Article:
Making your own pinata is surprisingly easy, and it can be a lot of fun.
Step 1: Cover up Wear a smock and cover your work space with an old sheet or a drop cloth; making a pinata is a messy undertaking.
Step 2: Make newspaper strips Tear old newspapers into strips approximately one inch wide and eight inches long. You’ll need enough pieces to cover your pinata with at least three layers.
Step 3: Mix up some paste Whisk two cups of flour and one cup of water into a paste, adding a bit more of either if needed to reach the right consistency. You can also use regular glue thinned out with water.
Step 4: Blow up a balloon Blow up a round balloon and knot it. Sit it in a bowl to steady it while you work.
Step 5: Apply the paper Dip a newspaper strip into your paste or glue, shake off any excess moisture, and press it onto the balloon. Smooth down any bumps. Repeat, overlapping the strips, until the entire surface is covered in one layer. Leave a small, unpapered space at the top so you have an opening for the pinata’s filling.
Step 6: Let the layers dry Let each layer dry completely before applying another. The more layers you add, the more difficult it will be to crack open. Three layers is the minimum.
TIP: Use plain white paper for the last layer so you have a clean base for decorating.
Step 7: Pop the balloon Let the paper dry overnight, then pop the balloon and remove it through the unpapered hole.
Step 8: Prepare attachments If you’re making a specific shape, like a donkey, construct the parts you need out of cardboard or scrunched-up newspaper, and attach them with tape or glue.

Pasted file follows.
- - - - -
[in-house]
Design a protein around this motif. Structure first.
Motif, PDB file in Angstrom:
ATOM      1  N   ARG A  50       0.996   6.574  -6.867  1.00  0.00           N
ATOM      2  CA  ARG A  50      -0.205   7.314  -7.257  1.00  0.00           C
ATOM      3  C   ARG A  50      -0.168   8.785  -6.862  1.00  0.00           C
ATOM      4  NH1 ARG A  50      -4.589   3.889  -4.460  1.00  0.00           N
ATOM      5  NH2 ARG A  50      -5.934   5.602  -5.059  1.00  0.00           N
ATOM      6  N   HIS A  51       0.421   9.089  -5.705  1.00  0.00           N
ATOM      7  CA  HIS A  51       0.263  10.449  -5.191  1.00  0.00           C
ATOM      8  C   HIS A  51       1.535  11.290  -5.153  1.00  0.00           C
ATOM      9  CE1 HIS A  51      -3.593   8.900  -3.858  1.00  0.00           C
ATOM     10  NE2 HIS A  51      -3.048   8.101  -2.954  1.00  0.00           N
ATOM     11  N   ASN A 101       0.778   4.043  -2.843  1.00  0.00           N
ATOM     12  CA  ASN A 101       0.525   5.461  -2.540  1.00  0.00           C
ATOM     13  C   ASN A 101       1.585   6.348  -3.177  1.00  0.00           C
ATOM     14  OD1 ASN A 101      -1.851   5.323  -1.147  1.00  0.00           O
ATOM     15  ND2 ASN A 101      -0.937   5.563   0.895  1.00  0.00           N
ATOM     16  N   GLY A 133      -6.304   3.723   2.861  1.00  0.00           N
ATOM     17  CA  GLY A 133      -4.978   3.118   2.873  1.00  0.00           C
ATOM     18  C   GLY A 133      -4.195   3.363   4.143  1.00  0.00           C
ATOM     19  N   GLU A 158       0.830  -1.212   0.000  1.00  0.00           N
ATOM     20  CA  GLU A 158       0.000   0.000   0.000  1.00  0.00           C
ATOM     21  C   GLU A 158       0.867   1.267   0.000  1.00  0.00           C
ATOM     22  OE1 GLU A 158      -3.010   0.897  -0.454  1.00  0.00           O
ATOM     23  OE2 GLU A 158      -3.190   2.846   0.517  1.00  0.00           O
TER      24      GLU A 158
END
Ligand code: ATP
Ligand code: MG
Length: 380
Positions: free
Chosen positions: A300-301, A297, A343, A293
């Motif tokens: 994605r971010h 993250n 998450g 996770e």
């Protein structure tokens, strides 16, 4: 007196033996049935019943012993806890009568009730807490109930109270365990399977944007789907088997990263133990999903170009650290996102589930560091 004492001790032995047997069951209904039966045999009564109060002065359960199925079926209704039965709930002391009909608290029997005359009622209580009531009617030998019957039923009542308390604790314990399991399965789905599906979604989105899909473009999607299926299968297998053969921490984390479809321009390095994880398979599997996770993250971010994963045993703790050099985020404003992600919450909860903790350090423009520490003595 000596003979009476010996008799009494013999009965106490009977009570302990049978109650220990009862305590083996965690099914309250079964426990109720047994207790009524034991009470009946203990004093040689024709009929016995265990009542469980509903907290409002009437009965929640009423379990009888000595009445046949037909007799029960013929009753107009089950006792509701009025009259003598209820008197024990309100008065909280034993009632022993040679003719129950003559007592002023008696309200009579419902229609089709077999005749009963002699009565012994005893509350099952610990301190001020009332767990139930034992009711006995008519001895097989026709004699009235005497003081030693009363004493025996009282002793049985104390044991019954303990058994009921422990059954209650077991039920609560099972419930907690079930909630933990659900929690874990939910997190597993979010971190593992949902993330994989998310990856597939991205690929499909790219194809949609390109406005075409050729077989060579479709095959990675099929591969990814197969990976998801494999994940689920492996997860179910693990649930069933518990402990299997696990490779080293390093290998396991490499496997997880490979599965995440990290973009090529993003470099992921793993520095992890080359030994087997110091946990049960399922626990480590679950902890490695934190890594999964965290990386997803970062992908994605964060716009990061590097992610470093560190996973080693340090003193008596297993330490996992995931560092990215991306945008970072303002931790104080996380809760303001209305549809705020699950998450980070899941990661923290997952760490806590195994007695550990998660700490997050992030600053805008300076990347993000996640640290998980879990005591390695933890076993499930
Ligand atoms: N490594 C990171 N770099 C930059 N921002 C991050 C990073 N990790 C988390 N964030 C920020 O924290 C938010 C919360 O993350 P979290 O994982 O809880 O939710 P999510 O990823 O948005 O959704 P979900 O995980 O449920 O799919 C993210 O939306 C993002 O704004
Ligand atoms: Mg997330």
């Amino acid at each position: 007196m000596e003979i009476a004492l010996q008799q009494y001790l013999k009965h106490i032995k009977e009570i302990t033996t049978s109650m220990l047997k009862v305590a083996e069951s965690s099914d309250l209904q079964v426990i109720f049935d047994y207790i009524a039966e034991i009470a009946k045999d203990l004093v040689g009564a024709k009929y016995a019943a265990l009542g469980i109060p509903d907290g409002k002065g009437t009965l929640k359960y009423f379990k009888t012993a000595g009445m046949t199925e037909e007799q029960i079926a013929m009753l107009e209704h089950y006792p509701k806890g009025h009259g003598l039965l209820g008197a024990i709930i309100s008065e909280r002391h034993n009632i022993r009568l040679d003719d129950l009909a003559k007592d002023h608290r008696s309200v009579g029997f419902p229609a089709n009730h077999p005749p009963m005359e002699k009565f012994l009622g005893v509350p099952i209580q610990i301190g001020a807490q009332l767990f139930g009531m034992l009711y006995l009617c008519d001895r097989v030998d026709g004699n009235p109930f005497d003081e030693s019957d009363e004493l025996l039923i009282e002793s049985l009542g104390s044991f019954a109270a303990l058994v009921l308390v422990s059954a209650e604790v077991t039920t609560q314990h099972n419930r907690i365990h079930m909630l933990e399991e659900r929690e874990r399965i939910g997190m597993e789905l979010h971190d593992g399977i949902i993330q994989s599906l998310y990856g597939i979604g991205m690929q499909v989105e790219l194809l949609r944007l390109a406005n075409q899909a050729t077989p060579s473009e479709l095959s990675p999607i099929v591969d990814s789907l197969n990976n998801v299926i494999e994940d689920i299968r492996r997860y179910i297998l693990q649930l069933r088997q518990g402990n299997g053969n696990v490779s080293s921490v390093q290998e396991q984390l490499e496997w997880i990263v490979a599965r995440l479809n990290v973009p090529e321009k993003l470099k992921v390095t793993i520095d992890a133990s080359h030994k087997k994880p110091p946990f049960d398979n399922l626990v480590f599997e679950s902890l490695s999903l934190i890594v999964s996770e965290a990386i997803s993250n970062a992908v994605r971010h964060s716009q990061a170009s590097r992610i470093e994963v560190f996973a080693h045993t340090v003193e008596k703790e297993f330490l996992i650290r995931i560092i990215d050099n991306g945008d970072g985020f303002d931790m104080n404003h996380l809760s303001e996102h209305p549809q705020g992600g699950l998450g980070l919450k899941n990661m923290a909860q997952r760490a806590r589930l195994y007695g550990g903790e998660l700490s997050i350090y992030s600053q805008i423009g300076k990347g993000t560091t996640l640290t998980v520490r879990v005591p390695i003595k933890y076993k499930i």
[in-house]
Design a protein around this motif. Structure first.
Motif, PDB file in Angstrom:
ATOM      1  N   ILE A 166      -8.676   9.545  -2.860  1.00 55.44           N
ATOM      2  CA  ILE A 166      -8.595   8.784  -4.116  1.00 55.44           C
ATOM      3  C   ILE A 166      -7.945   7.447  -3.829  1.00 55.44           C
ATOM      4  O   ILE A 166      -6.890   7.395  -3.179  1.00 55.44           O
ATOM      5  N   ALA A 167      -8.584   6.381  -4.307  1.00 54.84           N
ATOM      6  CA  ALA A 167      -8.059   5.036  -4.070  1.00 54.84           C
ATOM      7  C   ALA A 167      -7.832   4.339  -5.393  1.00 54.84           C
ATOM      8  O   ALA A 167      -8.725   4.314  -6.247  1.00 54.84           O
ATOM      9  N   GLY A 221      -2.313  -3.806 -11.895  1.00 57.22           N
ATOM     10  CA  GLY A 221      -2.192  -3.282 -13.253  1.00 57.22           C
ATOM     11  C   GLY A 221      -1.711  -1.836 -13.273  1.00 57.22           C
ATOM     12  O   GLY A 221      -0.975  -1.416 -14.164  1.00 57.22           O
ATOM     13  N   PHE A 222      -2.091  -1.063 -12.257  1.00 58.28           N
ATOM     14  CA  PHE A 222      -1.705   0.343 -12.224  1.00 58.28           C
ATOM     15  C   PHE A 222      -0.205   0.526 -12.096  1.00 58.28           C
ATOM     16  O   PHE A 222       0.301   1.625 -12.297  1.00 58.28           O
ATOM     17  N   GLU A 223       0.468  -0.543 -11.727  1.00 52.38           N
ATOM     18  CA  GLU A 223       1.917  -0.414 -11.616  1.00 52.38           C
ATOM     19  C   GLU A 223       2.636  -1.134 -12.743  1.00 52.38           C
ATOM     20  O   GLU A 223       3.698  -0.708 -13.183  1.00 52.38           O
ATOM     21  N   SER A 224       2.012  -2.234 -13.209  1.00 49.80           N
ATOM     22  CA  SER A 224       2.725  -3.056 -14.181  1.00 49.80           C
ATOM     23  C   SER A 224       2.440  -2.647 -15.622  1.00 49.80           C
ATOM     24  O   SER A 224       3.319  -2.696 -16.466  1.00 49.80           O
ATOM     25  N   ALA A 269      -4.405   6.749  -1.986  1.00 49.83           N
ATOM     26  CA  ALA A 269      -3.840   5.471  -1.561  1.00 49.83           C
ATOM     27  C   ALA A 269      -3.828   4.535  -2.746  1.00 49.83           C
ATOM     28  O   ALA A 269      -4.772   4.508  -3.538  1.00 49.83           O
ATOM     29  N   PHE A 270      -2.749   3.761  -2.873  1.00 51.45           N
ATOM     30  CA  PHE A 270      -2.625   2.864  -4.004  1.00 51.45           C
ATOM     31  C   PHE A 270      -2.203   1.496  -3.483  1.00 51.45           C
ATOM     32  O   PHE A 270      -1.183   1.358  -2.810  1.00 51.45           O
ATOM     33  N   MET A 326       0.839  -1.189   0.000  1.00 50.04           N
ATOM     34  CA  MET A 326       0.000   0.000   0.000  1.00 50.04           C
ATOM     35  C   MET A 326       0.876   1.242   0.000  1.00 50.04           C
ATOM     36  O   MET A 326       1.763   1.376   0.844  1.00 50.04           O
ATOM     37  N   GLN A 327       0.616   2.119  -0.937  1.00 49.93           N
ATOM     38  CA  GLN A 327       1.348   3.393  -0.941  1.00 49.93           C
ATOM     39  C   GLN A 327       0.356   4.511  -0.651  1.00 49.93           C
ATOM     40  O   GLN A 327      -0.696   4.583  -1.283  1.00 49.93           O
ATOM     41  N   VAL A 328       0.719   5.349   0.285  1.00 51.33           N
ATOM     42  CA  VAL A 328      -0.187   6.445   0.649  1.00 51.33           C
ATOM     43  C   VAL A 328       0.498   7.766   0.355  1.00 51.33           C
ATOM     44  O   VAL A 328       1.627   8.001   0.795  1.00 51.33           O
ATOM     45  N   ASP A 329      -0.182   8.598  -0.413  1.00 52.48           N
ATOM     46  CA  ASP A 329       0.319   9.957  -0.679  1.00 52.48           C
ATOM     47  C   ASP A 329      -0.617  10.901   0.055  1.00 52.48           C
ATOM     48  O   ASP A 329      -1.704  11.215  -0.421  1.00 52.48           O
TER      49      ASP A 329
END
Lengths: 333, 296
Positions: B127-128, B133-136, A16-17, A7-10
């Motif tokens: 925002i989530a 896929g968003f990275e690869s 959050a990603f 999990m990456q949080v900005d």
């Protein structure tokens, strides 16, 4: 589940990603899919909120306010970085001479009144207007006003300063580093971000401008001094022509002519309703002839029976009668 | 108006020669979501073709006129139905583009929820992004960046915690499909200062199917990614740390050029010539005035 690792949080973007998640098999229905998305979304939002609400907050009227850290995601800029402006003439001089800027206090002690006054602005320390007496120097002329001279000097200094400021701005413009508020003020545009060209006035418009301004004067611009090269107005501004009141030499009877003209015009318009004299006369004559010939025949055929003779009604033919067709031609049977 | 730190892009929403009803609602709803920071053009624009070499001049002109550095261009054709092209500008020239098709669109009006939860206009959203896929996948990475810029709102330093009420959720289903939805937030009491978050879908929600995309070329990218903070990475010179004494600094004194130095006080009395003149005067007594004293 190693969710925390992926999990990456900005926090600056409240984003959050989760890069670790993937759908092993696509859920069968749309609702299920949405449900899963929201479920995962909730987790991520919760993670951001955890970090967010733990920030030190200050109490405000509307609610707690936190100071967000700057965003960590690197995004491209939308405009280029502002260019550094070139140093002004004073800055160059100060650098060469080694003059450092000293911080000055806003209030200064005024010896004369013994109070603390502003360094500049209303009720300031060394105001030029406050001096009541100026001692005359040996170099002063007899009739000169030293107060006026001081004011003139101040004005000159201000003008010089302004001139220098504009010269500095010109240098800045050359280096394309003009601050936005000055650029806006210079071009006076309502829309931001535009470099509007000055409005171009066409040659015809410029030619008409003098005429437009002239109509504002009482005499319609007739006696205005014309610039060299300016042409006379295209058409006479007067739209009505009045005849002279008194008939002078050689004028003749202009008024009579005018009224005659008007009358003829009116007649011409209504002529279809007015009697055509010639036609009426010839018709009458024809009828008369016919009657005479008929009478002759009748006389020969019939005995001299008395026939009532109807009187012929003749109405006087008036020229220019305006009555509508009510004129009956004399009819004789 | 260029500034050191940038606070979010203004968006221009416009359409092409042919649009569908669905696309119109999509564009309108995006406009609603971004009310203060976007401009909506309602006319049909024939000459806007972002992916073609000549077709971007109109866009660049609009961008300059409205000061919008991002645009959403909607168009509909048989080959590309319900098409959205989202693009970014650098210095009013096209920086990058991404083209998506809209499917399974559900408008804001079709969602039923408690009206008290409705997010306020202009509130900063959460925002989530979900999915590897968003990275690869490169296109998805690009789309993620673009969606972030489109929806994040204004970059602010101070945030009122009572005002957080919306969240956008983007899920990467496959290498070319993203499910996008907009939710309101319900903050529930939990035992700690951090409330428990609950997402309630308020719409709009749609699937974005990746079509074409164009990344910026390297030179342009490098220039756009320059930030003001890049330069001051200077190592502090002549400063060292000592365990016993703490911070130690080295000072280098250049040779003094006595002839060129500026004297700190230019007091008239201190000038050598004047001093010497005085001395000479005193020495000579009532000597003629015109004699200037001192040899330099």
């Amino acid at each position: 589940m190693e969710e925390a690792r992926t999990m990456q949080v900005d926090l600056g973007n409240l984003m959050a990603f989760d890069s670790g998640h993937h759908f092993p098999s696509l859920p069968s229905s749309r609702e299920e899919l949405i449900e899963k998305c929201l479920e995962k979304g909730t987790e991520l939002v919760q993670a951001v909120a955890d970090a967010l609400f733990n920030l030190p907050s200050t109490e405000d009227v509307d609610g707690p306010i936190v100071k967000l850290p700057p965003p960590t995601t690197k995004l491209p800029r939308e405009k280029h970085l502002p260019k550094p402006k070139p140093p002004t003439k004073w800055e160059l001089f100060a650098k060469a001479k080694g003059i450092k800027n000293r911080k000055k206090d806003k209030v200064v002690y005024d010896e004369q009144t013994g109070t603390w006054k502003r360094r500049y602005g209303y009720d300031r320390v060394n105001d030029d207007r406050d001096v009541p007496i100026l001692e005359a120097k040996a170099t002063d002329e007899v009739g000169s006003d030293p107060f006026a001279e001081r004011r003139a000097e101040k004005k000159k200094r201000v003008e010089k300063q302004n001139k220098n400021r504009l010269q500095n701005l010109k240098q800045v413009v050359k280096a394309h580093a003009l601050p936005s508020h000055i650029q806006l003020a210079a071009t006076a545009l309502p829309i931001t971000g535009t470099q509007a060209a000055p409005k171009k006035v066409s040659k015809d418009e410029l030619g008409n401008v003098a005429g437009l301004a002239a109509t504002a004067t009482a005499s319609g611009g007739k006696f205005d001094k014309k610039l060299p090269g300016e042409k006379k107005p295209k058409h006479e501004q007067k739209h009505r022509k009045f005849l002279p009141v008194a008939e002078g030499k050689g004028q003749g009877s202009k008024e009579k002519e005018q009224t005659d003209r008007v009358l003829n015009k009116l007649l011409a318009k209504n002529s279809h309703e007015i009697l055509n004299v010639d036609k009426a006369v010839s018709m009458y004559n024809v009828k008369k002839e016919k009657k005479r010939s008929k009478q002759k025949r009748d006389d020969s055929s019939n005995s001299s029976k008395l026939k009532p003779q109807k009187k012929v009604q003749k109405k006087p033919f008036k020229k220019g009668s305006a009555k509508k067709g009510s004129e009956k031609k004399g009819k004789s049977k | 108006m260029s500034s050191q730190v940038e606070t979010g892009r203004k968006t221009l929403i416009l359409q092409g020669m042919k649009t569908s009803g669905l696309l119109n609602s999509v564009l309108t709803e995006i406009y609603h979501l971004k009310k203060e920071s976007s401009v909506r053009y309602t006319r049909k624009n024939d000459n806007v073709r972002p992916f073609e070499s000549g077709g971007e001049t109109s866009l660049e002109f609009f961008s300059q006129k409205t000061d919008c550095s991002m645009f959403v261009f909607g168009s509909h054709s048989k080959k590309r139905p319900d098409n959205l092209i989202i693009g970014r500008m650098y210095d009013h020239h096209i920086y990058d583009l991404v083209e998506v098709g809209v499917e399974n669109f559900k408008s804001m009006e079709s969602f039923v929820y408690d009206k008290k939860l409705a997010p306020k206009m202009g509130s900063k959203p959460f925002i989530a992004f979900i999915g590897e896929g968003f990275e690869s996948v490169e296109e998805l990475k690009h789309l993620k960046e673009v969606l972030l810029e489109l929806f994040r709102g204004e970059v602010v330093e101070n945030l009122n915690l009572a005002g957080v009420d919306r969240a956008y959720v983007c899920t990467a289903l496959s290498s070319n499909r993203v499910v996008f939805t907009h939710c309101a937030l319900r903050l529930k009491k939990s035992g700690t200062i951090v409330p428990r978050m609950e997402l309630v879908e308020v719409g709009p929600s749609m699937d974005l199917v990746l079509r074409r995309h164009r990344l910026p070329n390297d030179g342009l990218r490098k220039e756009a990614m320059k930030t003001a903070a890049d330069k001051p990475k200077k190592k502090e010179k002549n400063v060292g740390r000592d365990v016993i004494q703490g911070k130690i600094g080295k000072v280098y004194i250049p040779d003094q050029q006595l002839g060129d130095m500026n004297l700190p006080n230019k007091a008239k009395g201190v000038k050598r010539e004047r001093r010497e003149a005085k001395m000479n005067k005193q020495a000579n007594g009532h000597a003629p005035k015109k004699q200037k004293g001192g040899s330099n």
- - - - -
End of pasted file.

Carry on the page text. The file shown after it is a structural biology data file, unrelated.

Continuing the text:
TIP: The traditional Mexican pinata is an orb with seven cones attached to it, representing the seven deadly sins. The cones are topped with colorful streamers.
Step 9: Decorate it Paint and decorate the pinata with streamers, tissue paper, glitter, or other trimmings.
TIP: Acrylic and fabric paints work best.
Step 10: Fill with goodies Make a small slit on either side of the hole. Push a ribbon into one slit, and pull it out of the pinata through the other slit. Then fill the pinata with candy, nuts, fruit, small toys, or a combination thereof.
Step 11: Seal it up Seal the top hole with more newspaper strips dipped in paste. Let it dry, paint it, and hang up the pinata with the ribbon that you strung through it.
Step 12: Smash it! Allow time for your work of art to be admired before you hand out sticks and let everyone smash it to smithereens!
FACT: In Mexico, smashing open a pinata is a Christmas tradition.